What issue could make the Chicago Tribune jump for joy and declare they are “idolizing Indiana”? It is the same controversial topic pitting excited parents against frustrated public school teachers. A new voucher program in the Hoosier State has quickly become a new battleground in the education wars.
Much to the chagrin of many in public education, Indiana was recently declared the national leader in school reform. The state has achieved that title by greatly expanding parents’ options for their children’s education. Last May, Indiana state government passed a new measure called the Indiana Choice Scholarship that expands school voucher availability beyond lower income parents. Now families of four making under $61,000 a year can use prorated vouchers to send their kids to private school.
The change has already resulted in more than 3,200 students receiving vouchers for private school. The vast majority of those kids would have otherwise been in public schools and can now attend schools with smaller classrooms and what many parents expect to be more focused attention on their kids.
Essence Mosgrove is a parent of a 6th grader in public schools who was frustrated with the status quo: “I just felt like it was so many kids, they couldn’t tend to my child.” Mosgrove heard about the new voucher program and tried to get her daughter first on the list.
Education and school choice is not a typical left or right issue. Conservatives appreciate the fact that more choice and competition are created, while some on the left are happy that many children of lower incomes will be able to attend better schools. Even the Huffington Post has an article supporting the new Indiana voucher system. So what’s the opposition?
The fact remains that money put into vouchers comes out of the Indiana public education system. While many make the case that taxpayers should get to choose where their dollars go, others make the simple point that less money could mean worse public schools.
“What infuriates me…is that tax dollars will be and are being taken from already hurting public schools,” says Indiana public school teacher Chris Austin. “We (teachers) are trying, but when money is constantly taken from us while at the same time, we are expected to do more and more, our job becomes that much tougher. We work hard but we are not miracle workers.”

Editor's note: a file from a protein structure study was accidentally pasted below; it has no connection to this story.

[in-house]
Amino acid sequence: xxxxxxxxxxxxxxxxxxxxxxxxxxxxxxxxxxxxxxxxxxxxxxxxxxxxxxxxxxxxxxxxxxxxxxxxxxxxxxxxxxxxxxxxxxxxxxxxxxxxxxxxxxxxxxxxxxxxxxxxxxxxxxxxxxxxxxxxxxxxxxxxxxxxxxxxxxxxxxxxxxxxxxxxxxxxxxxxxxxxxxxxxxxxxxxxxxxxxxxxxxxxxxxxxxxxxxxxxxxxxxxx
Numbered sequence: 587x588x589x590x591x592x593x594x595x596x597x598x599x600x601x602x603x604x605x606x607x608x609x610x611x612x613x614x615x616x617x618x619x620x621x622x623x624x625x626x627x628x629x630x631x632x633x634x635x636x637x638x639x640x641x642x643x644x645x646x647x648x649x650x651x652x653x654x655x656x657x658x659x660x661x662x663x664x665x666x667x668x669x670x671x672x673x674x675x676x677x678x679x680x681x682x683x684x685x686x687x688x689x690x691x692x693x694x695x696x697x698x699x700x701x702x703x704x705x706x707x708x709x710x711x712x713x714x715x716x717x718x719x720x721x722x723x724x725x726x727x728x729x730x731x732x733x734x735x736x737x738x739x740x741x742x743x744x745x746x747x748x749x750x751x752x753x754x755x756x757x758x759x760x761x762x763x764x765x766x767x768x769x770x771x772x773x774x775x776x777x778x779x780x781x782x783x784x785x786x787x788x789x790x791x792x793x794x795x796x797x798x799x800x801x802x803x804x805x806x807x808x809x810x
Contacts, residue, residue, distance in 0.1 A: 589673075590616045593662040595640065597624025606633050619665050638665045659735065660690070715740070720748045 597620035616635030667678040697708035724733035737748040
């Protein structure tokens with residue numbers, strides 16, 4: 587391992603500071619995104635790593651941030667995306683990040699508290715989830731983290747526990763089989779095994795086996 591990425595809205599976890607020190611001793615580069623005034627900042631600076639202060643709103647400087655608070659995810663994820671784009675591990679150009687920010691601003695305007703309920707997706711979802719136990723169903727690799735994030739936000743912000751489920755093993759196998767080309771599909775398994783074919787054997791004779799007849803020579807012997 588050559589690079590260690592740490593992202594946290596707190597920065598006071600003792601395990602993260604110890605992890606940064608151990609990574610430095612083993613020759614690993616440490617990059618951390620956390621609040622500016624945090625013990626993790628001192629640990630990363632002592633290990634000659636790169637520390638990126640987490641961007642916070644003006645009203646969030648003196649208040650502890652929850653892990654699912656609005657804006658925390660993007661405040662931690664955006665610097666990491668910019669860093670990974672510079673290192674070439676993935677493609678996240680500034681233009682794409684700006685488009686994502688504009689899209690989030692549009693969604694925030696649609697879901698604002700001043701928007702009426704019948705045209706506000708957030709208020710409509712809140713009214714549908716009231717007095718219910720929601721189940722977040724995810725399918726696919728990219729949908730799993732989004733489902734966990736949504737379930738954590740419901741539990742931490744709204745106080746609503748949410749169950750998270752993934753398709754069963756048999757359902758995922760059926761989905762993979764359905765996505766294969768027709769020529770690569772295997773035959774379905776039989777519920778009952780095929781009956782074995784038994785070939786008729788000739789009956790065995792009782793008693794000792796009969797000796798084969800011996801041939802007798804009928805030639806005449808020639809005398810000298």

Another issue for some in the anti-voucher crowd is that most using the program are attending Catholic schools — about 70% of vouchers. Some see a problem here with separation of church and state, since those schools will unashamedly teach Catholicism to some level. Nate Schnellenberger, president of the Indiana State Teachers Association, said: “The bottom line from our perspective is, when you cut through all the chaff, nobody can deny that public money is going to be taken from public schools, and they’re going to end up in private, mostly religious schools.”
The ACLU has also spoken out strongly against the new voucher system:
When you consider that vouchers undermine the separation of church and state, have done little to improve student performance, and divert desperately needed funding from public schools, they begin to look a lot less like an antidote (to education problems) and more like snake oil.
Among public school teachers who are Christian, the take on church and state issues appears more split than what teachers’ unions and the ACLU are saying. Some of them say they let their faith guide them to be more open to the vouchers while others say there are always dangers when religion and government mix. Austin, a Golden Apple-winning teacher in Vigo County who is also a Christian, made it clear he thinks there is a constitutional problem with these vouchers possibly funding religion:
I personally believe it very much violates the (Indiana) constitution in the fact that tax dollars are being used to fund religion. Of course I’m a believer, but if the constitution was written so that tax dollars go to public schools, how can this be justified?